According to CBS Los Angeles, “The first reports came from Riverside County around 7 p.m. Wednesday. Within a half hour, several Orange County residents also reported seeing the lights. After about an hour, reports were coming from all over the West.” The descriptions given by witnesses vary, but many who saw the mysterious object reported a burning object that was blue, green, yellow, and orange in color.
News stations and police stations across the southwest were flooded with calls and emails about the UFO. Lieutenant Justin Griffin from the Maricopa County Sheriff’s Office in Phoenix witnessed the object, and explained to Reuters, “It took an unusually long time to get across the sky.” But he continued, “It’s like a meteor. It’s not like we had any flying objects with little green men or anything like that.”
The FAA also received several calls about the light in the sky. According to MSNBC, “FAA spokesman Ian Gregor confirmed that there were no aircraft incidents reported in the Western region.”
Open Minds journalist Alejandro Rojas saw the object in the sky and provided this statement:
I was a few miles out of Phoenix headed south to Maricopa when I saw a large meteor or space junk breaking up in the night sky. It was very bright and for a second it sparked extremely bright, lighting up the surroundings. It was a bluish light, that faded soon after the large spark. It looked similar to this video from New York. The object appeared to be moving west to southeast.
Several media sources were quick to point out that NASA recently announced that the Upper Atmosphere Research Satellite would fall to Earth, but the timeline given by NASA for that was “by September’s end.” So while this could have been a reasonable explaination for the fireball UFO, NASA does not expect the satellite to fall for another week.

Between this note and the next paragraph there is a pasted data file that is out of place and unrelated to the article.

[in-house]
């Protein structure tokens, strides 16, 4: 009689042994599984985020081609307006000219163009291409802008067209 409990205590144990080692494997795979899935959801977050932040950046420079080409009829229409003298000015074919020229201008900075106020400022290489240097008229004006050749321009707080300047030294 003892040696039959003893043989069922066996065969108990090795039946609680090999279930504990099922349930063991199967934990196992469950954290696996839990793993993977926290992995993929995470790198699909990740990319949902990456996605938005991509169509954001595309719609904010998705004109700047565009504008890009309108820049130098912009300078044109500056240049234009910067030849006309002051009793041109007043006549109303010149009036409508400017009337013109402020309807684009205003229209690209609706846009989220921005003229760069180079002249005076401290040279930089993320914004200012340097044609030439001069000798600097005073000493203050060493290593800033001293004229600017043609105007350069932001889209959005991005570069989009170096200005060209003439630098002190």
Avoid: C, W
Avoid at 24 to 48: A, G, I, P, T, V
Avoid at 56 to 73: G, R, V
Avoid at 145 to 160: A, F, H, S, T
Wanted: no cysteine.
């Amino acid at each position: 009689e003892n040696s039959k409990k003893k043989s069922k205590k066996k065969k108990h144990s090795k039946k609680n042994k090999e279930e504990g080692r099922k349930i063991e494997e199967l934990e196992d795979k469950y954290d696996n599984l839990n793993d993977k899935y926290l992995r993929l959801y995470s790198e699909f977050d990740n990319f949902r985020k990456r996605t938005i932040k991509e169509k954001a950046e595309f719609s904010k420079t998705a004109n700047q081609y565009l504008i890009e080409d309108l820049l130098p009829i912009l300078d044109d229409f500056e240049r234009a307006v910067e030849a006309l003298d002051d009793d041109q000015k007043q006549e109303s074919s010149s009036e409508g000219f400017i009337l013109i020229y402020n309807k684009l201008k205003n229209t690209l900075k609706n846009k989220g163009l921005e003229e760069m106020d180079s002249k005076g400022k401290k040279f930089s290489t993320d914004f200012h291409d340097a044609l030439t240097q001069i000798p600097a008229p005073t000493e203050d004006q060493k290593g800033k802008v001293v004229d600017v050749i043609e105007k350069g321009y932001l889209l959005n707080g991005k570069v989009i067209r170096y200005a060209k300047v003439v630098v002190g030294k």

Jet Propulsion Laboratory’s Don Yeomans, who manages NASA’s Near Earth Object Program, told the Los Angeles Times the object was probably a “near-earth asteroid,” and not a cause for alarm. He went on to explain, “We are fairly confident . . . that it was not a spacecraft or space junk.” Yeomans also offered an explanation for the color of the falling object: “The bluish-green color suggests the object had some magnesium or nickel in it. Orange is usually an indication it’s entering earth’s atmosphere at several miles per second, a moderate rate of speed.”
Similar to Yeomans’ explanation, Ed Krupp, director of the Griffith Park Observatory in Los Angeles, said the UFO was most likely “a piece of interplanetary debris” burning up in Earth’s atmosphere, according to MSNBC.
But some witnesses, including journalist Brien McElhatten of ABC15 in Phoenix, saw more than just one light in the sky. And there are multiple times cited by media sources for the sightings. As previously stated, CBS Los Angeles reported, “The first reports came from Riverside County around 7 p.m.” But according to MSNBC, witnesses “saw the light move quickly from west to east at around 7:45 p.m.”
McElhatten managed to snap a photo of each object he observed.
MSNBC pointed out that, according to The American Meteor Society, “two known meteor showers are active this week, the Iota Cassiopeiids and the Epsilon Perseids, which peaked on September 12 and 10, respectively.” Meteor showers could possibly explain the multiple lights in the sky. But the American Meteor Society also stated that “bright moonlight would obscure viewing for all but the brightest of heavenly fireballs this week.”
KTLA reported that the California Highway Patrol “received numerous reports of fast-moving green, orange and blue flashes of light from Riverside, Palm Springs, Indio and the Salton Sea.”Another interesting detail provided by witnesses is the description of the object as moving horizontally through the sky. Additionally, a witness video used by multiple news stations shows what appears to be multiple lights — one of which seems to zig-zag through the sky. It’s possible that this video is completely unrelated to the fireball incident. Also interesting is the statement from some witnesses who claim the object hovered in the clouds for a period of time.
Despite the opinions that have been offered by experts, the strange UFO or UFOs witnessed by thousands in the southwest United States remain unidentified.